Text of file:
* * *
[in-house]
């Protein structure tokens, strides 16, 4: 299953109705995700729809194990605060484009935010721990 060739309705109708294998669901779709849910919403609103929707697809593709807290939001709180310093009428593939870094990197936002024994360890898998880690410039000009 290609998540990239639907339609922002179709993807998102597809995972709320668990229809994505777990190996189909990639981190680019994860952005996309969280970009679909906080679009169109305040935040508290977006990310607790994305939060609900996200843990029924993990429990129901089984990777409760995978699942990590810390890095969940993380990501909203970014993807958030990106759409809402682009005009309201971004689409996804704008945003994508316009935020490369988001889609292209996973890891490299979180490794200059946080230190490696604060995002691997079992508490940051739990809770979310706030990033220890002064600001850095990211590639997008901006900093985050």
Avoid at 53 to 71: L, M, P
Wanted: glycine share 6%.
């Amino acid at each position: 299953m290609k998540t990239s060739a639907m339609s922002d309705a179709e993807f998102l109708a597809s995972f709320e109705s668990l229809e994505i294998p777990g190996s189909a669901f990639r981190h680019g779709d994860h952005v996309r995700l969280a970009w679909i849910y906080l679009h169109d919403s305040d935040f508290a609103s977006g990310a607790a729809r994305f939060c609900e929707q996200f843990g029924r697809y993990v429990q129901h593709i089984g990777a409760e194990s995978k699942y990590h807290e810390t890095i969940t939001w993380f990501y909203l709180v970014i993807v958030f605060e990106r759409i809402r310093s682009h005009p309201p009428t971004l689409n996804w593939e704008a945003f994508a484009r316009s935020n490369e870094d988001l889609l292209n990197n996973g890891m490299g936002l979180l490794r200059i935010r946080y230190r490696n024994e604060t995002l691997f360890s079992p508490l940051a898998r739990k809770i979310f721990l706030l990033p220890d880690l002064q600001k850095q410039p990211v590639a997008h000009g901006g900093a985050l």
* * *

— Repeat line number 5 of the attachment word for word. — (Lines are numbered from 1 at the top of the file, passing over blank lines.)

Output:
């Amino acid at each position: 299953m290609k998540t990239s060739a639907m339609s922002d309705a179709e993807f998102l109708a597809s995972f709320e109705s668990l229809e994505i294998p777990g190996s189909a669901f990639r981190h680019g779709d994860h952005v996309r995700l969280a970009w679909i849910y906080l679009h169109d919403s305040d935040f508290a609103s977006g990310a607790a729809r994305f939060c609900e929707q996200f843990g029924r697809y993990v429990q129901h593709i089984g990777a409760e194990s995978k699942y990590h807290e810390t890095i969940t939001w993380f990501y909203l709180v970014i993807v958030f605060e990106r759409i809402r310093s682009h005009p309201p009428t971004l689409n996804w593939e704008a945003f994508a484009r316009s935020n490369e870094d988001l889609l292209n990197n996973g890891m490299g936002l979180l490794r200059i935010r946080y230190r490696n024994e604060t995002l691997f360890s079992p508490l940051a898998r739990k809770i979310f721990l706030l990033p220890d880690l002064q600001k850095q410039p990211v590639a997008h000009g901006g900093a985050l």